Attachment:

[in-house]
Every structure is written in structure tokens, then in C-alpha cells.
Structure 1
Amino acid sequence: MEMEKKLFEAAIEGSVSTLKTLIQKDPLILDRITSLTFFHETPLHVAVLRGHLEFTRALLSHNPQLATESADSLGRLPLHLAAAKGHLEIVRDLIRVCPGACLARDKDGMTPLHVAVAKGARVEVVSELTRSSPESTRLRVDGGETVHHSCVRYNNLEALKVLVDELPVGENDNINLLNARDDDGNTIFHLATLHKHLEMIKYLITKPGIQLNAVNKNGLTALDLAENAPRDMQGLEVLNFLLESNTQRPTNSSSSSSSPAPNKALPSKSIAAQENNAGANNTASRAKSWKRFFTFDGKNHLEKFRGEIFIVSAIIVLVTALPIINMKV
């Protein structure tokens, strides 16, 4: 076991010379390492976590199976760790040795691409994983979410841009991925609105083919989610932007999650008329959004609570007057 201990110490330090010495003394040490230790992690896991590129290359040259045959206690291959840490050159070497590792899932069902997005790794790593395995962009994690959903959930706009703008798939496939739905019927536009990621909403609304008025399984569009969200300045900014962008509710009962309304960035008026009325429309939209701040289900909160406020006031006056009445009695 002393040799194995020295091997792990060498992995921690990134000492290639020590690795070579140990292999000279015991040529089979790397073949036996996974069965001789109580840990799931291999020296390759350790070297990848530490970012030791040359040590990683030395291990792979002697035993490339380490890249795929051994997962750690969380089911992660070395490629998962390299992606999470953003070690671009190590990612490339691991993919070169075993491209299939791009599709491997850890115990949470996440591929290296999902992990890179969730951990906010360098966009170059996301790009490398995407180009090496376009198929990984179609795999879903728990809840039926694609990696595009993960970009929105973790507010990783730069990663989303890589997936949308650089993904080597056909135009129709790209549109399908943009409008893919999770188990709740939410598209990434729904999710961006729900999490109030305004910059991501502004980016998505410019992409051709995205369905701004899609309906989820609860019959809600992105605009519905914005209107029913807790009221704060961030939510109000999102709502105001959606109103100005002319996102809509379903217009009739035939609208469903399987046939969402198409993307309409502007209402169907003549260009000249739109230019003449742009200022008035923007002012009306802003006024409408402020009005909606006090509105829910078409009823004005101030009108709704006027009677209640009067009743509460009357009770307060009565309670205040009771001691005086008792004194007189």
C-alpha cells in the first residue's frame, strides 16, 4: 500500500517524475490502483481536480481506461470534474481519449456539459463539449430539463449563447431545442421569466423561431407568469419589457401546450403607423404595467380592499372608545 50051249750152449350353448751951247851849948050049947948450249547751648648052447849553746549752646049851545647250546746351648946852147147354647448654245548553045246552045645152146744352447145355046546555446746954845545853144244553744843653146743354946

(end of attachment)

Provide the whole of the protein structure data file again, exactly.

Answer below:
[in-house]
Every structure is written in structure tokens, then in C-alpha cells.
Structure 1
Amino acid sequence: MEMEKKLFEAAIEGSVSTLKTLIQKDPLILDRITSLTFFHETPLHVAVLRGHLEFTRALLSHNPQLATESADSLGRLPLHLAAAKGHLEIVRDLIRVCPGACLARDKDGMTPLHVAVAKGARVEVVSELTRSSPESTRLRVDGGETVHHSCVRYNNLEALKVLVDELPVGENDNINLLNARDDDGNTIFHLATLHKHLEMIKYLITKPGIQLNAVNKNGLTALDLAENAPRDMQGLEVLNFLLESNTQRPTNSSSSSSSPAPNKALPSKSIAAQENNAGANNTASRAKSWKRFFTFDGKNHLEKFRGEIFIVSAIIVLVTALPIINMKV
């Protein structure tokens, strides 16, 4: 076991010379390492976590199976760790040795691409994983979410841009991925609105083919989610932007999650008329959004609570007057 201990110490330090010495003394040490230790992690896991590129290359040259045959206690291959840490050159070497590792899932069902997005790794790593395995962009994690959903959930706009703008798939496939739905019927536009990621909403609304008025399984569009969200300045900014962008509710009962309304960035008026009325429309939209701040289900909160406020006031006056009445009695 002393040799194995020295091997792990060498992995921690990134000492290639020590690795070579140990292999000279015991040529089979790397073949036996996974069965001789109580840990799931291999020296390759350790070297990848530490970012030791040359040590990683030395291990792979002697035993490339380490890249795929051994997962750690969380089911992660070395490629998962390299992606999470953003070690671009190590990612490339691991993919070169075993491209299939791009599709491997850890115990949470996440591929290296999902992990890179969730951990906010360098966009170059996301790009490398995407180009090496376009198929990984179609795999879903728990809840039926694609990696595009993960970009929105973790507010990783730069990663989303890589997936949308650089993904080597056909135009129709790209549109399908943009409008893919999770188990709740939410598209990434729904999710961006729900999490109030305004910059991501502004980016998505410019992409051709995205369905701004899609309906989820609860019959809600992105605009519905914005209107029913807790009221704060961030939510109000999102709502105001959606109103100005002319996102809509379903217009009739035939609208469903399987046939969402198409993307309409502007209402169907003549260009000249739109230019003449742009200022008035923007002012009306802003006024409408402020009005909606006090509105829910078409009823004005101030009108709704006027009677209640009067009743509460009357009770307060009565309670205040009771001691005086008792004194007189």
C-alpha cells in the first residue's frame, strides 16, 4: 500500500517524475490502483481536480481506461470534474481519449456539459463539449430539463449563447431545442421569466423561431407568469419589457401546450403607423404595467380592499372608545 50051249750152449350353448751951247851849948050049947948450249547751648648052447849553746549752646049851545647250546746351648946852147147354647448654245548553045246552045645152146744352447145355046546555446746954845545853144244553744843653146743354946